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2. Israel Forsakes God

Moreover the word of the Lord came to me, saying, 2Go and cry in the ears of Jerusalem, saying, Thus saith the Lord; I remember thee, the kindness of thy youth, the love of thine espousals, when thou wentest after me in the wilderness, in a land that was not sown. 3Israel was holiness unto the Lord, and the firstfruits of his increase: all that devour him shall offend; evil shall come upon them, saith the Lord. 4Hear ye the word of the Lord, O house of Jacob, and all the families of the house of Israel:

5Thus saith the Lord, What iniquity have your fathers found in me, that they are gone far from me, and have walked after vanity, and are become vain? 6Neither said they, Where is the Lord that brought us up out of the land of Egypt, that led us through the wilderness, through a land of deserts and of pits, through a land of drought, and of the shadow of death, through a land that no man passed through, and where no man dwelt? 7And I brought you into a plentiful country, to eat the fruit thereof and the goodness thereof; but when ye entered, ye defiled my land, and made mine heritage an abomination. 8The priests said not, Where is the Lord? and they that handle the law knew me not: the pastors also transgressed against me, and the prophets prophesied by Baal, and walked after things that do not profit.

9Wherefore I will yet plead with you, saith the Lord, and with your children’s children will I plead. 10For pass over the isles of Chittim, and see; and send unto Kedar, and consider diligently, and see if there be such a thing. 11Hath a nation changed their gods, which are yet no gods? but my people have changed their glory for that which doth not profit. 12Be astonished, O ye heavens, at this, and be horribly afraid, be ye very desolate, saith the Lord. 13For my people have committed two evils; they have forsaken me the fountain of living waters, and hewed them out cisterns, broken cisterns, that can hold no water.

14 Is Israel a servant? is he a homeborn slave? why is he spoiled? 15The young lions roared upon him, and yelled, and they made his land waste: his cities are burned without inhabitant. 16Also the children of Noph and Tahapanes have broken the crown of thy head. 17Hast thou not procured this unto thyself, in that thou hast forsaken the Lord thy God, when he led thee by the way? 18And now what hast thou to do in the way of Egypt, to drink the waters of Sihor? or what hast thou to do in the way of Assyria, to drink the waters of the river? 19Thine own wickedness shall correct thee, and thy backslidings shall reprove thee: know therefore and see that it is an evil thing and bitter, that thou hast forsaken the Lord thy God, and that my fear is not in thee, saith the Lord GOD of hosts.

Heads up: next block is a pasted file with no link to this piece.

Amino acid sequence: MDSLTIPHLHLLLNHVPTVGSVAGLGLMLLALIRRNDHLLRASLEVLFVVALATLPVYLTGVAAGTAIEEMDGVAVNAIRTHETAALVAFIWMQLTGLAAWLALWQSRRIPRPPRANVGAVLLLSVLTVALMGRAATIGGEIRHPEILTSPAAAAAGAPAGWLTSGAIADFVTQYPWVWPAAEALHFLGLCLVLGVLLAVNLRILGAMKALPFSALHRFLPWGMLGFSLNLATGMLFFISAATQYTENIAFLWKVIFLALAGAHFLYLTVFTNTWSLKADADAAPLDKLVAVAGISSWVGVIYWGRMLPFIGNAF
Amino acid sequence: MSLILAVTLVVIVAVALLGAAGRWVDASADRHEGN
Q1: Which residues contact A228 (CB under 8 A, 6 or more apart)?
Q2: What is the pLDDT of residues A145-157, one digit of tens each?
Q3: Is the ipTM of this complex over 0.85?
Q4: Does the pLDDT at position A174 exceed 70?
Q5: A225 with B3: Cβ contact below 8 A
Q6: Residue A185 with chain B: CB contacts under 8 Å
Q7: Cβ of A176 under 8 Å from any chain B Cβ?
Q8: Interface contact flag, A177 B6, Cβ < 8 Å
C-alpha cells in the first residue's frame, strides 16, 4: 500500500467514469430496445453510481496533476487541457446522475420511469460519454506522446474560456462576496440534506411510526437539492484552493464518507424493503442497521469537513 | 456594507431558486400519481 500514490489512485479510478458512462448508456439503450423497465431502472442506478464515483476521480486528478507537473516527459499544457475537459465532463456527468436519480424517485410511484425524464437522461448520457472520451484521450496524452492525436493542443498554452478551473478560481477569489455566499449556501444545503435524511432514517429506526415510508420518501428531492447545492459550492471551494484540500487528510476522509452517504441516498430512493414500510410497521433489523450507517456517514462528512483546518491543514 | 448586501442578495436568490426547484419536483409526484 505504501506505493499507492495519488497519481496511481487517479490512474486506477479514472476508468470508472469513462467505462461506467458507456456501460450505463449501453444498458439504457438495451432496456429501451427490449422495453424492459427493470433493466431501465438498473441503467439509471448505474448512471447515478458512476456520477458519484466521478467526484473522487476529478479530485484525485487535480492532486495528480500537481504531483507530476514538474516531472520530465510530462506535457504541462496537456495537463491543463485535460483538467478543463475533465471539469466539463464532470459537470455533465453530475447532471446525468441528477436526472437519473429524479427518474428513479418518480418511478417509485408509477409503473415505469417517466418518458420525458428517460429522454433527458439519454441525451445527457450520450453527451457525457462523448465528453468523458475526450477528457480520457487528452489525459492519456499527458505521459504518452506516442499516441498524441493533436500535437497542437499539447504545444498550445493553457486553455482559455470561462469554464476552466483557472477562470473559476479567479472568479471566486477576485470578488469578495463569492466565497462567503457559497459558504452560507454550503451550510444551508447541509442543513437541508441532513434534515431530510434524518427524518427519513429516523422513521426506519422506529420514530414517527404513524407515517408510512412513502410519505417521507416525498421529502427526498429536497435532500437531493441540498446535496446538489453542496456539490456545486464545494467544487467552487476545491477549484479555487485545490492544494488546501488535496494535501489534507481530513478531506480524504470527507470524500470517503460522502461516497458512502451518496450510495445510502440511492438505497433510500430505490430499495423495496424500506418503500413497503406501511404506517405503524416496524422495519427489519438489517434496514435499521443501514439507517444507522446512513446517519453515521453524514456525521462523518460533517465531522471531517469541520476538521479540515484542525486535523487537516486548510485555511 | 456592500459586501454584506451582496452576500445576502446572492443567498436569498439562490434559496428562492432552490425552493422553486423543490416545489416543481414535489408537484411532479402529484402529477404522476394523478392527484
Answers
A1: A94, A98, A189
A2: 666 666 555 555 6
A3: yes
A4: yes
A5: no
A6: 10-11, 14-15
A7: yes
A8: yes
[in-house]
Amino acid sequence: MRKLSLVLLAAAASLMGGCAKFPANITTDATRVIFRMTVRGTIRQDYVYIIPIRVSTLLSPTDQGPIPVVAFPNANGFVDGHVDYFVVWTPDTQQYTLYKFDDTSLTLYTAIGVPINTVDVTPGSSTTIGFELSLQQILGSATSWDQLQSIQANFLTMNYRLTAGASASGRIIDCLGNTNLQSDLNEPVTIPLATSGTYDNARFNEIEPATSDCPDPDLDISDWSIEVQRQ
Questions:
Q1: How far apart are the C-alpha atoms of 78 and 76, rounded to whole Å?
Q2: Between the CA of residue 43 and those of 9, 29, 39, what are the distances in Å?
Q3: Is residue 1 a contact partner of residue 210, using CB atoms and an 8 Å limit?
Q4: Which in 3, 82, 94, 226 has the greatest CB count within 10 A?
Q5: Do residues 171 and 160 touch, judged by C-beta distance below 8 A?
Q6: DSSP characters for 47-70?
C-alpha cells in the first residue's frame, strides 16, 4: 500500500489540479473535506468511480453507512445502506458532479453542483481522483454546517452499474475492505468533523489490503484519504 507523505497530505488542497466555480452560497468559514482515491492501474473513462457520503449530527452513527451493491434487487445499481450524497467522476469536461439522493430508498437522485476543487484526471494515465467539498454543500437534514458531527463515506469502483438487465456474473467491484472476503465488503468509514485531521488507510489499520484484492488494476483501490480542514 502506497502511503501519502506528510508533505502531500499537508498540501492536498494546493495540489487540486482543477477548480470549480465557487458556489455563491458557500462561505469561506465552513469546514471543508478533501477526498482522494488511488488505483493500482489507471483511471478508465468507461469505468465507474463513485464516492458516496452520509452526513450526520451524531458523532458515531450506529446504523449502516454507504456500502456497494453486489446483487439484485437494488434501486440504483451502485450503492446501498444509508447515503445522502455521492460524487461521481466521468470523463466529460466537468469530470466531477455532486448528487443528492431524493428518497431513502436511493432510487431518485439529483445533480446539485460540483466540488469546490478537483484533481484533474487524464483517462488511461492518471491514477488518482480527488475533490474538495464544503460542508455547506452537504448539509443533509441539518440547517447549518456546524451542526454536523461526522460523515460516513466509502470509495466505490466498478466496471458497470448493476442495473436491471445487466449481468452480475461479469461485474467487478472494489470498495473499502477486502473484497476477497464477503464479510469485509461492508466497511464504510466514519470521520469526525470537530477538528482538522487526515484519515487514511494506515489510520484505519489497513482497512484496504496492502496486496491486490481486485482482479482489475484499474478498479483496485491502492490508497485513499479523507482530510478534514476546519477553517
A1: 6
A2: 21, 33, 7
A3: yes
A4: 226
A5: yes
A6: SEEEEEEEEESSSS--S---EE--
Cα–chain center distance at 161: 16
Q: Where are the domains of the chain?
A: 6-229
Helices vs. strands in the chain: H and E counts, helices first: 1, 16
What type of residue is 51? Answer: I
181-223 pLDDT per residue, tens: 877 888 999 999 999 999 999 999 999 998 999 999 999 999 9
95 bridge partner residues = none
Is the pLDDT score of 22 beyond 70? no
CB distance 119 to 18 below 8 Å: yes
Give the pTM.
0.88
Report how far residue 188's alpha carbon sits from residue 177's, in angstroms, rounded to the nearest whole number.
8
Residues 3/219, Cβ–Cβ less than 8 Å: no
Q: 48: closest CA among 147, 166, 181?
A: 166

20For of old time I have broken thy yoke, and burst thy bands; and thou saidst, I will not transgress; when upon every high hill and under every green tree thou wanderest, playing the harlot. 21Yet I had planted thee a noble vine, wholly a right seed: how then art thou turned into the degenerate plant of a strange vine unto me? 22For though thou wash thee with nitre, and take thee much sope, yet thine iniquity is marked before me, saith the Lord GOD. 23How canst thou say, I am not polluted, I have not gone after Baalim? see thy way in the valley, know what thou hast done: thou art a swift dromedary traversing her ways; 24A wild ass used to the wilderness, that snuffeth up the wind at her pleasure; in her occasion who can turn her away? all they that seek her will not weary themselves; in her month they shall find her. 25Withhold thy foot from being unshod, and thy throat from thirst: but thou saidst, There is no hope: no; for I have loved strangers, and after them will I go. 26As the thief is ashamed when he is found, so is the house of Israel ashamed; they, their kings, their princes, and their priests, and their prophets, 27Saying to a stock, Thou art my father; and to a stone, Thou hast brought me forth: for they have turned their back unto me, and not their face: but in the time of their trouble they will say, Arise, and save us. 28But where are thy gods that thou hast made thee? let them arise, if they can save thee in the time of thy trouble: for according to the number of thy cities are thy gods, O Judah. 29Wherefore will ye plead with me? ye all have transgressed against me, saith the Lord. 30In vain have I smitten your children; they received no correction: your own sword hath devoured your prophets, like a destroying lion.